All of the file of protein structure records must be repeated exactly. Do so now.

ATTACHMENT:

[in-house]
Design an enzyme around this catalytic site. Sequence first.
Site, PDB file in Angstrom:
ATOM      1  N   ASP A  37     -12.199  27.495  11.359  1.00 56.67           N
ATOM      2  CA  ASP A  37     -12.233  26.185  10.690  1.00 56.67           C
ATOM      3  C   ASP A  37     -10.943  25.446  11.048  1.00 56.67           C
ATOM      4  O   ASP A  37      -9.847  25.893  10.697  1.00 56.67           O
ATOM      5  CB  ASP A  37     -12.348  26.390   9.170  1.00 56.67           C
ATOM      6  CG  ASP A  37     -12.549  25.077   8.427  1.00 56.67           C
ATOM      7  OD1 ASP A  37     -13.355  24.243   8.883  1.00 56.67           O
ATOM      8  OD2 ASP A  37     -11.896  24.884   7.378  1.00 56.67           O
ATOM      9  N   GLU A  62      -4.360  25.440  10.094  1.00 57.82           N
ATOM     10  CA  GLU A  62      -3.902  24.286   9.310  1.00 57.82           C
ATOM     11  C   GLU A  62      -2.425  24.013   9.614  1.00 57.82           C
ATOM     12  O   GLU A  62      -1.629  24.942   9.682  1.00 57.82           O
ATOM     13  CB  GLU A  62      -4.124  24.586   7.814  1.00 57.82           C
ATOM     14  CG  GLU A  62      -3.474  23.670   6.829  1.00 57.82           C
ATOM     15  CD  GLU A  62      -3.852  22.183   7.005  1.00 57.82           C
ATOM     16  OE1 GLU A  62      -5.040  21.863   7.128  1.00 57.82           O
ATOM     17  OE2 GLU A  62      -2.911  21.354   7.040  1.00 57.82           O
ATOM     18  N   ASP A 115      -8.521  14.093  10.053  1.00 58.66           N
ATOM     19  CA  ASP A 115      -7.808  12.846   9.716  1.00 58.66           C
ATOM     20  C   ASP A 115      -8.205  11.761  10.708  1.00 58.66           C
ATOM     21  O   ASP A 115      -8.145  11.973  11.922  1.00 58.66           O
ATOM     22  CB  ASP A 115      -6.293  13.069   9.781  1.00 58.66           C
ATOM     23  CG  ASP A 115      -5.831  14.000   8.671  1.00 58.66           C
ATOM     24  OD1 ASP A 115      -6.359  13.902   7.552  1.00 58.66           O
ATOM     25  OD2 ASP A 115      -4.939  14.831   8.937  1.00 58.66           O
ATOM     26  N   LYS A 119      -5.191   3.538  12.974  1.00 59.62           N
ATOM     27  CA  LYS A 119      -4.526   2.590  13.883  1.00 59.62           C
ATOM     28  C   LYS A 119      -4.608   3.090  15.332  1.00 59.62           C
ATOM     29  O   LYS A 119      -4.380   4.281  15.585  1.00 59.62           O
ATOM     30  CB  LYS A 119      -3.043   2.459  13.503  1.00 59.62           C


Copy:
[in-house]
Design an enzyme around this catalytic site. Sequence first.
Site, PDB file in Angstrom:
ATOM      1  N   ASP A  37     -12.199  27.495  11.359  1.00 56.67           N
ATOM      2  CA  ASP A  37     -12.233  26.185  10.690  1.00 56.67           C
ATOM      3  C   ASP A  37     -10.943  25.446  11.048  1.00 56.67           C
ATOM      4  O   ASP A  37      -9.847  25.893  10.697  1.00 56.67           O
ATOM      5  CB  ASP A  37     -12.348  26.390   9.170  1.00 56.67           C
ATOM      6  CG  ASP A  37     -12.549  25.077   8.427  1.00 56.67           C
ATOM      7  OD1 ASP A  37     -13.355  24.243   8.883  1.00 56.67           O
ATOM      8  OD2 ASP A  37     -11.896  24.884   7.378  1.00 56.67           O
ATOM      9  N   GLU A  62      -4.360  25.440  10.094  1.00 57.82           N
ATOM     10  CA  GLU A  62      -3.902  24.286   9.310  1.00 57.82           C
ATOM     11  C   GLU A  62      -2.425  24.013   9.614  1.00 57.82           C
ATOM     12  O   GLU A  62      -1.629  24.942   9.682  1.00 57.82           O
ATOM     13  CB  GLU A  62      -4.124  24.586   7.814  1.00 57.82           C
ATOM     14  CG  GLU A  62      -3.474  23.670   6.829  1.00 57.82           C
ATOM     15  CD  GLU A  62      -3.852  22.183   7.005  1.00 57.82           C
ATOM     16  OE1 GLU A  62      -5.040  21.863   7.128  1.00 57.82           O
ATOM     17  OE2 GLU A  62      -2.911  21.354   7.040  1.00 57.82           O
ATOM     18  N   ASP A 115      -8.521  14.093  10.053  1.00 58.66           N
ATOM     19  CA  ASP A 115      -7.808  12.846   9.716  1.00 58.66           C
ATOM     20  C   ASP A 115      -8.205  11.761  10.708  1.00 58.66           C
ATOM     21  O   ASP A 115      -8.145  11.973  11.922  1.00 58.66           O
ATOM     22  CB  ASP A 115      -6.293  13.069   9.781  1.00 58.66           C
ATOM     23  CG  ASP A 115      -5.831  14.000   8.671  1.00 58.66           C
ATOM     24  OD1 ASP A 115      -6.359  13.902   7.552  1.00 58.66           O
ATOM     25  OD2 ASP A 115      -4.939  14.831   8.937  1.00 58.66           O
ATOM     26  N   LYS A 119      -5.191   3.538  12.974  1.00 59.62           N
ATOM     27  CA  LYS A 119      -4.526   2.590  13.883  1.00 59.62           C
ATOM     28  C   LYS A 119      -4.608   3.090  15.332  1.00 59.62           C
ATOM     29  O   LYS A 119      -4.380   4.281  15.585  1.00 59.62           O
ATOM     30  CB  LYS A 119      -3.043   2.459  13.503  1.00 59.62           C